But Fox had a secret problem—indeed, more than one—and when he first became aware of what turned out to be Parkinson's, he attributed it to a condition of which he (but not his fans) was well aware: his excessive drinking. Awakening one morning in 1990 while filming Doc Hollywood he looked down and saw that a single finger was shaking. Wrote Fox in Lucky Man, "I'd put away a lot of beers in my time, but had never woken up with the shakes: maybe this was what they called delirium tremens? I was pretty sure they would manifest themselves in a more impressive way—I mean, who gets the d.t.'s in one finger?" Within a few months, his wife told him, "The left side of your body is barely moving. Your arm isn't swinging at all." In the meantime, Fox realized that he was an alcoholic and he stopped drinking, but after a physician diagnosed him with Parkinson's, he went into a severe depression, only recovering with the help of an analyst.

Yet as the title of his memoir indicates, Fox, who retired from acting in 2000, considers himself fortunate—not only because of his fortune and fame, but for all his challenges and blessings. Lynn Andriani of Publishers Weekly called Lucky Man a "bravely honest autobiography," and Alex J. Wilner in the Journal ofthe American Medical Association wrote that " Lucky Man is an excellent read. Fox is intelligent, articulate, humorous, and passionate, and has a fascinating story to tell."



Calgary Sun, January 19, 2000, p. 36.

Cosmopolitan, April 1991, p. 170.

Current Science, September 27, 2002, "Fox Hunt," p. 4.

Entertainment Weekly, September 5, 1997, p. 32; February 4, 2000, p. 18; April 12, 2002, Bruce Fretts, review of Lucky Man, p. 68; September 12, 2003, Gillian Flynn, interview with Michael J. Fox, p. 160.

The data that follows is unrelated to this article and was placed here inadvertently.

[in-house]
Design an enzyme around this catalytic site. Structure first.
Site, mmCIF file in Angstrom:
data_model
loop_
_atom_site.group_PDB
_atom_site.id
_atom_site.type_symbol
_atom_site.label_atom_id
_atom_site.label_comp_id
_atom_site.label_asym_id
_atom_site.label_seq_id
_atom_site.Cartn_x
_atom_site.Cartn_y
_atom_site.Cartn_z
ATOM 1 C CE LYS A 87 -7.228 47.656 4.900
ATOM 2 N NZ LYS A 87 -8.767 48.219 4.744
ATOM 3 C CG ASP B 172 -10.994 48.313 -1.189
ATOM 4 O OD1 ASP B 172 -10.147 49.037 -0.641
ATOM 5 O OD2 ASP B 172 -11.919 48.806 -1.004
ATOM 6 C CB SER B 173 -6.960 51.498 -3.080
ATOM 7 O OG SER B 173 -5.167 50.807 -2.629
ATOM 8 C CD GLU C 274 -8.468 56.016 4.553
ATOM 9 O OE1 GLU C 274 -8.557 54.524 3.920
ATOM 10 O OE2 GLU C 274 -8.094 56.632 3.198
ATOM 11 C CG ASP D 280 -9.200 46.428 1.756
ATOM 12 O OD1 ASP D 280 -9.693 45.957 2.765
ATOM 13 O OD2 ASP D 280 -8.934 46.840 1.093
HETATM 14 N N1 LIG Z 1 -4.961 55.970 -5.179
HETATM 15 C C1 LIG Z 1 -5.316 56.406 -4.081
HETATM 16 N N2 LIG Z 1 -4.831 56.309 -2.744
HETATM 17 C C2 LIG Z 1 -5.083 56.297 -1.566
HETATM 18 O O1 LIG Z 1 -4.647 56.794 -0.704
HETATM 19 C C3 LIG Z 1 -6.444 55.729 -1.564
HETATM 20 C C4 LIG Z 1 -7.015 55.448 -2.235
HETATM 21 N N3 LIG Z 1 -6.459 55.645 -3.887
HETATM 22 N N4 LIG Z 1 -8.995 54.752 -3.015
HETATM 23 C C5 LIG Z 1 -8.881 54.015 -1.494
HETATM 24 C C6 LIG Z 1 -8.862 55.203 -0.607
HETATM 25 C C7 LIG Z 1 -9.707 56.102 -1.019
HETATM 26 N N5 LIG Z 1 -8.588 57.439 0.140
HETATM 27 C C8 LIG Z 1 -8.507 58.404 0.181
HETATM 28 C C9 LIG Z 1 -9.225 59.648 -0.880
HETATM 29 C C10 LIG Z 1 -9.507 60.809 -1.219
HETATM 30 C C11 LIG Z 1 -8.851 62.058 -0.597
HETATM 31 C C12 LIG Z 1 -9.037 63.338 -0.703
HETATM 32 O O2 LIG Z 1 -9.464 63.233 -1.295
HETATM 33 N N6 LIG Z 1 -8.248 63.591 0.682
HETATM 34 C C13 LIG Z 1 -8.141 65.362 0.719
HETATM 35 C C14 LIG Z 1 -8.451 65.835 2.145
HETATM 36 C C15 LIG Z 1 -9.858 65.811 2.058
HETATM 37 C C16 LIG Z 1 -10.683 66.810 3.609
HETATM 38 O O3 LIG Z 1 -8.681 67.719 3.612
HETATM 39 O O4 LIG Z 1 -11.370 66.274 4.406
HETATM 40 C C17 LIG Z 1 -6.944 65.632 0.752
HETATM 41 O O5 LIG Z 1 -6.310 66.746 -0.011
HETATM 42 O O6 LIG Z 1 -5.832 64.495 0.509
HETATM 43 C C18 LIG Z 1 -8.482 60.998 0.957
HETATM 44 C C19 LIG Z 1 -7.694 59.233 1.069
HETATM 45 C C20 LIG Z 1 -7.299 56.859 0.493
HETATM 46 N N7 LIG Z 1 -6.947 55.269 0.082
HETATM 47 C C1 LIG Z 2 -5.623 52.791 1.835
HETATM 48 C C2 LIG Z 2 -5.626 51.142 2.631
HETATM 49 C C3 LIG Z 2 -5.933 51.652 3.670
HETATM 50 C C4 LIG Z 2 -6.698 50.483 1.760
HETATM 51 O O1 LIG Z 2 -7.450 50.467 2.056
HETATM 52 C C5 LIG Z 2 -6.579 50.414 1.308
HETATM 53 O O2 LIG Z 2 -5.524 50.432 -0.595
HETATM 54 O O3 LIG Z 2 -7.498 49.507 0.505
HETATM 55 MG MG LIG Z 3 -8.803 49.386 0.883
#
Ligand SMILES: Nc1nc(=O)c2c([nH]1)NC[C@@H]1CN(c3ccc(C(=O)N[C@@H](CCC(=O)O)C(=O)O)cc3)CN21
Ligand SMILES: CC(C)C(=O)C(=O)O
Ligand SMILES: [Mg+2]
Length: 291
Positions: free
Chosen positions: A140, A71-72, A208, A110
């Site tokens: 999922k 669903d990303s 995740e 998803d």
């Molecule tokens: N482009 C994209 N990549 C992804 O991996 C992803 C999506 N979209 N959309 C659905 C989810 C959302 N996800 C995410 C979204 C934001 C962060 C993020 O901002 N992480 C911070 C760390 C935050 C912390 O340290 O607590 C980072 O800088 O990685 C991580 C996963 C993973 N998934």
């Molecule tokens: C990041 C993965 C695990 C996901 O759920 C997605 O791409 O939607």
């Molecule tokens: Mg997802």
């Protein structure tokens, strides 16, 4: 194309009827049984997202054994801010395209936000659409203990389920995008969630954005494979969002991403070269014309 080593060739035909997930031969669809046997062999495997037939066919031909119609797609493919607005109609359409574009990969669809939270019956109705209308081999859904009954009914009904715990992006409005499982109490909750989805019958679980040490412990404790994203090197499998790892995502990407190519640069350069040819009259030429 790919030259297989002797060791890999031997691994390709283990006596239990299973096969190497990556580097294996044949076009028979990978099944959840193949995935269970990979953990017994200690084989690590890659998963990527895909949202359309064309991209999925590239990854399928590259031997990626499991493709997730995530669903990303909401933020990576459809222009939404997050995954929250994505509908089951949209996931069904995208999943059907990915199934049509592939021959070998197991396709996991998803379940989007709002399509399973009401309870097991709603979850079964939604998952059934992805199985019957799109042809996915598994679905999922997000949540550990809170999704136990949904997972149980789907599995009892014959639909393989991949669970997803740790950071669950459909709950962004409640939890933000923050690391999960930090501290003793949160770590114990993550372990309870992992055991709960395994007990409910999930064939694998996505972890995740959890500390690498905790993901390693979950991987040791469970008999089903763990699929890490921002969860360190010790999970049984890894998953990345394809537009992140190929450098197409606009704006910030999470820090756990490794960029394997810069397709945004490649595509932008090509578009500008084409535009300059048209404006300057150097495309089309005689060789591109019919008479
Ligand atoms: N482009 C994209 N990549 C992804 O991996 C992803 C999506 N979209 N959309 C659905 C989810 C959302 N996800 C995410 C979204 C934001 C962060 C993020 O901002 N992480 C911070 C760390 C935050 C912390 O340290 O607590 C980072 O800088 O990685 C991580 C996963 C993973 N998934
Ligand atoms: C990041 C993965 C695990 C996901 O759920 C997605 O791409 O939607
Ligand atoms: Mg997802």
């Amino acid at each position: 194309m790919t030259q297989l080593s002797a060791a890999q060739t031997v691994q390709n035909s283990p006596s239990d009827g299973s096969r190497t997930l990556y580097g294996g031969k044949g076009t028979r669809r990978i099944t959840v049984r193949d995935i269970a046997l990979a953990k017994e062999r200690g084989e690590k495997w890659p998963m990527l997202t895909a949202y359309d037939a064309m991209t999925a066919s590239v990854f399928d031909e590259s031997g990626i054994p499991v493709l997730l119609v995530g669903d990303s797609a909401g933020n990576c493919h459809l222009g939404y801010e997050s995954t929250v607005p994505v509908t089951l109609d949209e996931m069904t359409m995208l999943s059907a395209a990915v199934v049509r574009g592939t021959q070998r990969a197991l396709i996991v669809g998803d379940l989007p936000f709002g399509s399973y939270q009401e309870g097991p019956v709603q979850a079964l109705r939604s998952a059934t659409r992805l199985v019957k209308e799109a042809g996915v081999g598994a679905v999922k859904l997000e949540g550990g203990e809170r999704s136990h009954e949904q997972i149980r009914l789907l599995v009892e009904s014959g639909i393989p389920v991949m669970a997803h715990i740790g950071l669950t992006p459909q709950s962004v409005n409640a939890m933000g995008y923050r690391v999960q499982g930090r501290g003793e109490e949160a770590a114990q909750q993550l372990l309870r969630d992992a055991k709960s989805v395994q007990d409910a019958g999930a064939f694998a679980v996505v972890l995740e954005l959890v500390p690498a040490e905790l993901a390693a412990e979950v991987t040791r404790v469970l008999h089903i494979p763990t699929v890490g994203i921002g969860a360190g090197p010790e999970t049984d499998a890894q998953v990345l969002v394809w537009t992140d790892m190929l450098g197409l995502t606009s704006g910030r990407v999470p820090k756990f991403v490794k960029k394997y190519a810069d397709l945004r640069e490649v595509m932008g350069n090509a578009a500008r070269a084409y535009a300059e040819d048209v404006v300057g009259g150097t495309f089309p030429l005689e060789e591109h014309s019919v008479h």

Esquire, February 1988, p. 104.

Gentleman's Quarterly, November 1989, p. 266.

Interview, January 5, 1988, p. 26; August 1996, p. 52.

Journal of the American Medical Association, November 13, 2002, Andrew N. Wilner, review of Lucky Man: A Memoir, p. 2337.

Ladies Home Journal, July 1993, p. 48.

Maclean's, December 7, 1998, p. 60; April 29, 2002, Brian D. Johnson, "Michael Then and Now," p 36.

Newsweek, May 11, 1987, p. 76; May 22, 2000, p. 62.

New York Times, January 10, 1988.

O, March, 2002, interview with Fox and Tracy Pollan, p. 142.

People, August 12, 1985, p. 82; December 23, 1985, p. 86; April 20, 1987, p. 86; December 4, 1989, p. 142; September 22, 1997, p. 164; December 7, 1998, p. 126; December 28, 1998, p. 85; December 25, 2000, p. 54.

Premiere, October 20, 1989, p. 84.

Publishers Weekly, July 31, 2000, p. 18; June 3, 2002, Lynn Andriani, review of Lucky Man: A Memoir, p. 32.

Reader's Digest, July, 2002, review of Lucky Man: A Memoir, p. 142.

Redbook, September 20, 1996, p. 106; May 2000, p. 112.

Rolling Stone, January 15, 1987, p. 25; March 12, 1987, p. 30.

San Francisco Chronicle, July 24, 2002, C. W. Nevius, review of Lucky Man: A Memoir, p. D1.

Saturday Evening Post, September, 2000, Patrick Perry, interview with Fox, p. 38.

Seventeen, July 1986, p. 90.

South Florida Sun-Sentinel, June 19, 2002, Oline H. Cogdill, review of Lucky Man: A Memoir, p. K6912.

Teen, March 1984, p. 51; August 1985, p. 57.

TV Guide, May 13, 2000, Steven Reddicliffe, "A Graceful Goodbye," p. 22.

Us, August 21, 1989, p. 21; January 8, 2001, Todd Gold, "Celebrity of the Year," p. 52.

Washington Post, April 9, 1987, p. C1.


Michael J. Fox Foundation for Parkinson's Research Web site, (September 10, 2003).*